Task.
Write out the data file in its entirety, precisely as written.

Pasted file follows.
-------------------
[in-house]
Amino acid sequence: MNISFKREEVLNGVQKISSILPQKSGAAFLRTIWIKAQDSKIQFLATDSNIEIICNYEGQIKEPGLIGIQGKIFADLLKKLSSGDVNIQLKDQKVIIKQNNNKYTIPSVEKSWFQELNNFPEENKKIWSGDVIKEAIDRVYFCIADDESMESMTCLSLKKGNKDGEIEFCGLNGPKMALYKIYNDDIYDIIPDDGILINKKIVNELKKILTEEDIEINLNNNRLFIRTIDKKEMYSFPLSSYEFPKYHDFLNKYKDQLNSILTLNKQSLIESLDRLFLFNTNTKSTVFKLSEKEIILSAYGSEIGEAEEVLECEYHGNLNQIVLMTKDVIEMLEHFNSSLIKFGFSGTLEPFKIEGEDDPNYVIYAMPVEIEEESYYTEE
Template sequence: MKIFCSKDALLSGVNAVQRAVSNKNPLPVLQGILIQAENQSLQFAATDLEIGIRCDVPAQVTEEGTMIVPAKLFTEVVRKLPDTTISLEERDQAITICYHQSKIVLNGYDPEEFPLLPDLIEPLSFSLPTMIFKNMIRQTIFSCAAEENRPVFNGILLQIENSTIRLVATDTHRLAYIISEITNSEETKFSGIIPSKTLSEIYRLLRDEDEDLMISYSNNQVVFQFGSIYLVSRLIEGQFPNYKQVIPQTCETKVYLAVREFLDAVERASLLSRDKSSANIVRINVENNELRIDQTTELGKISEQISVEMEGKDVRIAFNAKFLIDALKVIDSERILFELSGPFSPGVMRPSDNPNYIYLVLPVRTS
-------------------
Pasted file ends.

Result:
[in-house]
Amino acid sequence: MNISFKREEVLNGVQKISSILPQKSGAAFLRTIWIKAQDSKIQFLATDSNIEIICNYEGQIKEPGLIGIQGKIFADLLKKLSSGDVNIQLKDQKVIIKQNNNKYTIPSVEKSWFQELNNFPEENKKIWSGDVIKEAIDRVYFCIADDESMESMTCLSLKKGNKDGEIEFCGLNGPKMALYKIYNDDIYDIIPDDGILINKKIVNELKKILTEEDIEINLNNNRLFIRTIDKKEMYSFPLSSYEFPKYHDFLNKYKDQLNSILTLNKQSLIESLDRLFLFNTNTKSTVFKLSEKEIILSAYGSEIGEAEEVLECEYHGNLNQIVLMTKDVIEMLEHFNSSLIKFGFSGTLEPFKIEGEDDPNYVIYAMPVEIEEESYYTEE
Template sequence: MKIFCSKDALLSGVNAVQRAVSNKNPLPVLQGILIQAENQSLQFAATDLEIGIRCDVPAQVTEEGTMIVPAKLFTEVVRKLPDTTISLEERDQAITICYHQSKIVLNGYDPEEFPLLPDLIEPLSFSLPTMIFKNMIRQTIFSCAAEENRPVFNGILLQIENSTIRLVATDTHRLAYIISEITNSEETKFSGIIPSKTLSEIYRLLRDEDEDLMISYSNNQVVFQFGSIYLVSRLIEGQFPNYKQVIPQTCETKVYLAVREFLDAVERASLLSRDKSSANIVRINVENNELRIDQTTELGKISEQISVEMEGKDVRIAFNAKFLIDALKVIDSERILFELSGPFSPGVMRPSDNPNYIYLVLPVRTS